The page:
This is an interesting snippet from a short piece at BusinessPundit.com written by Rob May in July 2007 titled
What Bullet Holes in Airplanes Can Teach You About Making Better Business Decisions
During World War II, statistician Abraham Wald tried to determine where to add extra armor to airplanes. Based on the patterns of bullet holes in returning airplanes, he suggested that the parts not hit should be protected with extra armor. Why?
Wald was looking at what is sometimes called "dead evidence." He reasoned like this... if these planes are returning, we know that if they are hit in the spots they have been hit, they can still fly. The planes that did not return must have been hit in different places. So put the extra armor wherever the returning planes were not hit.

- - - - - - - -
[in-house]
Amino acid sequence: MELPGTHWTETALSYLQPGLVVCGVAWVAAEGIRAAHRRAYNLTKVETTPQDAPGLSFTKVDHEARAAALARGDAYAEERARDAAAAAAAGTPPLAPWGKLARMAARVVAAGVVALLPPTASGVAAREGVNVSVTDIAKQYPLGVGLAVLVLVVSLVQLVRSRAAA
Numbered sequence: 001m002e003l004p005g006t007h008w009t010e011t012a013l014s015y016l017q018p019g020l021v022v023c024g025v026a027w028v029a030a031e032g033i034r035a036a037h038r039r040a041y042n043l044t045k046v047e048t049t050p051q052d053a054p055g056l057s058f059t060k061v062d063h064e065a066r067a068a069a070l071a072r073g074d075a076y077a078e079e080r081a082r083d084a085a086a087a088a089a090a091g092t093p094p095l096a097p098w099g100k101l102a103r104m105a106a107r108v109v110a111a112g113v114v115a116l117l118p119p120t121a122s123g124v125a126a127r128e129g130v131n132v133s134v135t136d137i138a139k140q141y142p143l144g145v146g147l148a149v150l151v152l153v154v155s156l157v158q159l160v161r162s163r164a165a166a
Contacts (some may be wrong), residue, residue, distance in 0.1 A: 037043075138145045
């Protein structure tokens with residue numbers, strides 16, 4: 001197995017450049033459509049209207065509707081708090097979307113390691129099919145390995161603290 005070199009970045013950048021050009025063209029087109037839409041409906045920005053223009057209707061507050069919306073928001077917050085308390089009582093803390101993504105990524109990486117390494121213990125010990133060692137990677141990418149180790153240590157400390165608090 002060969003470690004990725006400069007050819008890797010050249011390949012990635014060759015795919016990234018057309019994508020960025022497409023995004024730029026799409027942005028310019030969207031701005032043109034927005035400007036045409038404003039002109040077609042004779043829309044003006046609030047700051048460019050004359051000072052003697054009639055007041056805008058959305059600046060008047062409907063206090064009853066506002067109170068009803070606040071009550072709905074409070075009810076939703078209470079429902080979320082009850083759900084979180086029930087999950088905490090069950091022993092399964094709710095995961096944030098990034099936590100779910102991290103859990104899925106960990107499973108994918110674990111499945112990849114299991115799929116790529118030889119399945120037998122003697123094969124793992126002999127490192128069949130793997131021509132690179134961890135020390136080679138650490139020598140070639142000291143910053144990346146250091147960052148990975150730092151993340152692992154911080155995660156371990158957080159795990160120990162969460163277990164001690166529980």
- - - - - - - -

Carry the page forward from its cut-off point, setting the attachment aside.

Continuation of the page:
I think most people would have a natural inclination to put the armor where the returning planes had been hit. The real answer is simple, but counterintuitive. It's called "dead evidence" because it is what people ignore when they make these judgments.
(Thanks to Ramanan Jagannathan for sharing this.)
Many creative thinking techniques involve consciously inverting our view, looking at the opposite of the normal, imagining upside down and inside out. Could be applied in any situation where we want to get new ideas and insights.
-Attrition is a concern in any company, instead of only looking at exit interviews to analyze why leavers are leaving, find out why stayers are staying and strengthen those attributes in the company
-Everyone seems to be buying a brand or investing in some asset, instead of finding reasons for that, analyze the reasons why others are not buying that.